We are grateful for the opportunity to speak and we welcome your review today of the PATRIOT Act as part of a much needed move to engage in more aggressive congressional oversight of U.S. counterterrorism laws and policies. I would like to focus on these brief remarks on the profound need for greater oversight in this area, and particularly the critical importance of building on the scope of section 804 of the PATRIOT Act, which recognizes the need for enforcing U.S. laws and U.S. operations overseas. This idea of oversight and accountability is one that the PATRIOT Act itself squarely incorporates in a provision we urge this Committee to champion anew. Section 804 of the act amends the definition of

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include "offenses committed by or against a national of the United States."

On diplomatic, consular or military premises overseas, the act thus now makes clear that the Department of Justice now has jurisdiction to prosecute crimes by or against U.S. persons committed on these sites as part of the special maritime and territorial jurisdiction.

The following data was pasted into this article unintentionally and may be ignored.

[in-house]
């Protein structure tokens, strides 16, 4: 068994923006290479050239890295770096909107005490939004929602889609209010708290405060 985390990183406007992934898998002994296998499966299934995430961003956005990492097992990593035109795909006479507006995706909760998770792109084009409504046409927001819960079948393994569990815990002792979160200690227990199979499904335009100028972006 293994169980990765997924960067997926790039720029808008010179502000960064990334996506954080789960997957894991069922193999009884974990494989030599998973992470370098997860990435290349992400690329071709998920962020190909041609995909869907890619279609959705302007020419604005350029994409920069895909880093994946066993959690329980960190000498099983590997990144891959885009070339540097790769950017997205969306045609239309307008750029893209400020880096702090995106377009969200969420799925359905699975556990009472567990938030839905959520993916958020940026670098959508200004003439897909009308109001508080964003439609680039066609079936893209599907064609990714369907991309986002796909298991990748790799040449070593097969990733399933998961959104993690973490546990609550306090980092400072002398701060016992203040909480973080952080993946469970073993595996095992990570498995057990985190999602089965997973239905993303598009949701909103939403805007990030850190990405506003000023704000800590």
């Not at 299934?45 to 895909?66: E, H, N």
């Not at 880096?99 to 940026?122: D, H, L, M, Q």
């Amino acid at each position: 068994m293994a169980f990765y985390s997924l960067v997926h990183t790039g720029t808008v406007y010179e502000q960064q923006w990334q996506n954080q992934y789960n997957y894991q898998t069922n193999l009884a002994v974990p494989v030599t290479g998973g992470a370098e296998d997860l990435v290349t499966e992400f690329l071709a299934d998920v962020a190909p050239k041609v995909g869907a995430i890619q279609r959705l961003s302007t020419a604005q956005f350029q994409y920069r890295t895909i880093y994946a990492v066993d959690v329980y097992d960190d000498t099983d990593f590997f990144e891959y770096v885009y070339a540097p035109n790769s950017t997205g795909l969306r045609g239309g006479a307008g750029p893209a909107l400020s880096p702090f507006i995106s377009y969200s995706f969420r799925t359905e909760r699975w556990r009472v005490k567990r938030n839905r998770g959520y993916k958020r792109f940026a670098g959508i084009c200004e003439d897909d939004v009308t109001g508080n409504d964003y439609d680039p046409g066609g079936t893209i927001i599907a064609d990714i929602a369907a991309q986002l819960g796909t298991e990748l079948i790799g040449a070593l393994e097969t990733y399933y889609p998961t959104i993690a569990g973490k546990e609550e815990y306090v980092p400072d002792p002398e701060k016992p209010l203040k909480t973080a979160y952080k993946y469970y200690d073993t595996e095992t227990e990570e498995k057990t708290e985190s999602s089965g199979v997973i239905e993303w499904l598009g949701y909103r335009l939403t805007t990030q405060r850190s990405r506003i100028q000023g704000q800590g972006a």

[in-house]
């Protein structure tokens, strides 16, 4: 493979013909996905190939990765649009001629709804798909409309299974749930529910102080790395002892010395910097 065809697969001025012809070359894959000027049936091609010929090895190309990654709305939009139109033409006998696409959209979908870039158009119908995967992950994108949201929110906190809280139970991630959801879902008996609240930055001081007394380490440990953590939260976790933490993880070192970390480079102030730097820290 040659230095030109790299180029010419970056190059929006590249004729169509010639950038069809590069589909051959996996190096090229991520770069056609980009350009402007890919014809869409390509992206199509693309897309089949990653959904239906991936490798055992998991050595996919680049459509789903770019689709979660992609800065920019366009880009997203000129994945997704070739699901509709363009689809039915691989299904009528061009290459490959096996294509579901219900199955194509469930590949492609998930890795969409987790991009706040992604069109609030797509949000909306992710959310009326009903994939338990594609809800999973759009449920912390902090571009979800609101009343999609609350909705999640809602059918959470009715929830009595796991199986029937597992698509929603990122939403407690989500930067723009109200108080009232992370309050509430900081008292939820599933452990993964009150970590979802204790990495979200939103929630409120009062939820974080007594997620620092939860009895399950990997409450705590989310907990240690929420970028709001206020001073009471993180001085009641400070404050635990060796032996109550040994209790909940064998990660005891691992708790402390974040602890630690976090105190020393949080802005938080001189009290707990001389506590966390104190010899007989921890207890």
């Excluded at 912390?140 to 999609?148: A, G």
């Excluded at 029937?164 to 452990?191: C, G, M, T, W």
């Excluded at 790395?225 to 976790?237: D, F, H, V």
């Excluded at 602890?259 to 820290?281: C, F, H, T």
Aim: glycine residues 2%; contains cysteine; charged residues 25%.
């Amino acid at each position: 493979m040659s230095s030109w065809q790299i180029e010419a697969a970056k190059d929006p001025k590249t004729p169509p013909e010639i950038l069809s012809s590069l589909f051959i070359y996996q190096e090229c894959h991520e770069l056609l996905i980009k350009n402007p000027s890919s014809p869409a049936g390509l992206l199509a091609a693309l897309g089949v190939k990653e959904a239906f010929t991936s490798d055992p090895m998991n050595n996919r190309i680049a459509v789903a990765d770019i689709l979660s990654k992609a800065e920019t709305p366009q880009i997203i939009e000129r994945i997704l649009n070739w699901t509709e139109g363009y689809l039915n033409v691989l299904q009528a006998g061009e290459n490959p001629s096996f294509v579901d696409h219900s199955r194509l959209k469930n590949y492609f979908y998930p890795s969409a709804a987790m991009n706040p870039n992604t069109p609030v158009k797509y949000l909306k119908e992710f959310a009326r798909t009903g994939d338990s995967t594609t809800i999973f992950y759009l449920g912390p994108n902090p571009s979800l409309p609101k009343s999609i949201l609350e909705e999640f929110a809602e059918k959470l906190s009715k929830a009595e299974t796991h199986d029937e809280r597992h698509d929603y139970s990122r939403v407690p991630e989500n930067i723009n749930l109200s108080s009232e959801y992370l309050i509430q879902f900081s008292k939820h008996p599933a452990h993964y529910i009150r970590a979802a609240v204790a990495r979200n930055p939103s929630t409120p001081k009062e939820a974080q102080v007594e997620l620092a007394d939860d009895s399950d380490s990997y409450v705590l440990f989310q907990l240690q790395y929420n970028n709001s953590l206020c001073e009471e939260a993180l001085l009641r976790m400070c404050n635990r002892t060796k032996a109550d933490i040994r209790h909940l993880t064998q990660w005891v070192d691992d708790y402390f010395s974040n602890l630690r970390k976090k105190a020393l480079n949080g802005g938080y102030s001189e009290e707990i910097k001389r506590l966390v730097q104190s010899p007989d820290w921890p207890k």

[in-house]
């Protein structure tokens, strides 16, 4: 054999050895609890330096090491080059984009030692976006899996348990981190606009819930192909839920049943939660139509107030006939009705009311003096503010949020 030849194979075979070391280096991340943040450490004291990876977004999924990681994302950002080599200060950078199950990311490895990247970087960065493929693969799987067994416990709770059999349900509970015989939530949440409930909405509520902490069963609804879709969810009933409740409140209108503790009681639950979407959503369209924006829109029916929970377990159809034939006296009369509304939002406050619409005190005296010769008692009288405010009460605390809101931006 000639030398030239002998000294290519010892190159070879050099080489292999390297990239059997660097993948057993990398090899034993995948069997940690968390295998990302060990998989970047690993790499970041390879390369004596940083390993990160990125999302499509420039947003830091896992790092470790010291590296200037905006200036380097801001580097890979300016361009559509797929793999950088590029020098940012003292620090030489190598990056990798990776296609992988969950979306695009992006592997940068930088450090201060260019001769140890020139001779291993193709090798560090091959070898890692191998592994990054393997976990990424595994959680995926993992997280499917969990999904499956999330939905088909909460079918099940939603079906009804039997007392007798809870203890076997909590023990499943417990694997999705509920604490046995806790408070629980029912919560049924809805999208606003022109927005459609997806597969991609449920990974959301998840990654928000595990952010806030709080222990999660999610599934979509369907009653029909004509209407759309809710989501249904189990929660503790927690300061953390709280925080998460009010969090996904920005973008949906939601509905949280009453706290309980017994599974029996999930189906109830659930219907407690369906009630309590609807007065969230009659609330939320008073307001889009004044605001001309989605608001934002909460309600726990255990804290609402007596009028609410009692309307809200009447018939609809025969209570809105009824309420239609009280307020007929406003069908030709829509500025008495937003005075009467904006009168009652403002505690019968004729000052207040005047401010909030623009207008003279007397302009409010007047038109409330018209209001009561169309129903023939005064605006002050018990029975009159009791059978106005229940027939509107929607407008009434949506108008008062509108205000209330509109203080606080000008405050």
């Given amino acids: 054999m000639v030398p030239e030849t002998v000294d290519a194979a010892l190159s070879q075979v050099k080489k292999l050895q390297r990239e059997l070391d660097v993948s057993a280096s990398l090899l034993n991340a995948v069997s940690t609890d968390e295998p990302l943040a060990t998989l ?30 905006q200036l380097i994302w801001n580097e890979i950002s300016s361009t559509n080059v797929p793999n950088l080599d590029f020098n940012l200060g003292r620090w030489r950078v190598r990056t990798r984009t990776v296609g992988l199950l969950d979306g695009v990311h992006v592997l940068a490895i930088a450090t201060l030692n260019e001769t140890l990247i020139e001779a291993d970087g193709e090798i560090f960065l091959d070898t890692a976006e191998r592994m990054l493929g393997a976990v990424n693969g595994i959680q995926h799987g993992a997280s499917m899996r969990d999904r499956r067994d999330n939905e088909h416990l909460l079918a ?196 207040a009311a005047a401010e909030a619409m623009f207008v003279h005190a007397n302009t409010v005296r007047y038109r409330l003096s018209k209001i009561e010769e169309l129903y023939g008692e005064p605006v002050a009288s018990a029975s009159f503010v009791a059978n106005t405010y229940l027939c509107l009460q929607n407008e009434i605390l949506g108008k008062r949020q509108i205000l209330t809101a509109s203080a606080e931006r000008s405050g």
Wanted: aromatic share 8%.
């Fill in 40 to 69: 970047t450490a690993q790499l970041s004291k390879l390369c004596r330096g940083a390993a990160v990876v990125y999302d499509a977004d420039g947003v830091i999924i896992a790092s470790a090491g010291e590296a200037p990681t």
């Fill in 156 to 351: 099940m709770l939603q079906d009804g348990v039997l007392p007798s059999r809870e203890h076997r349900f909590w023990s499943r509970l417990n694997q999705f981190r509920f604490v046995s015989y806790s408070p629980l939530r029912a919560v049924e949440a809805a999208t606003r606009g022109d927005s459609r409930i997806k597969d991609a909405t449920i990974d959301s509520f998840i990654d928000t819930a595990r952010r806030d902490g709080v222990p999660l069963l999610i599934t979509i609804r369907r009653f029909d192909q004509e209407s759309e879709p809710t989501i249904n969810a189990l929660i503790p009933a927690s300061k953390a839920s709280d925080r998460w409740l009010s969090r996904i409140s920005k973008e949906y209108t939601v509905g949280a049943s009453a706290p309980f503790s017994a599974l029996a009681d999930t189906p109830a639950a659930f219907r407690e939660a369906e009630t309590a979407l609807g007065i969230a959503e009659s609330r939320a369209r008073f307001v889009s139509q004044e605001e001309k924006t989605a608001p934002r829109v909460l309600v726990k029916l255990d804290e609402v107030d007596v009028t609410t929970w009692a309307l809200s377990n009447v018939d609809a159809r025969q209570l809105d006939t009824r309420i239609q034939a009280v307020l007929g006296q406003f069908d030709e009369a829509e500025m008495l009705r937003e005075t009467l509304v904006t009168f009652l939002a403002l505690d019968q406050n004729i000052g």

In light of the sustained public focus on the ongoing detention of foreign nationals throughout the world and the substantial hit our national security interests have taken as a result of these practices, using the power of the PATRIOT Act in this respect has never been more important. We believe that the way to build on this provision of the act is by establishing a bipartisan independent commission to look comprehensively at U.S. detention and interrogation operations in the war on terror. We believe such a commission is not only critical to restoring America's commitment to protecting basic human rights, but also is an increasingly urgent requirement to prevent U.S. national security.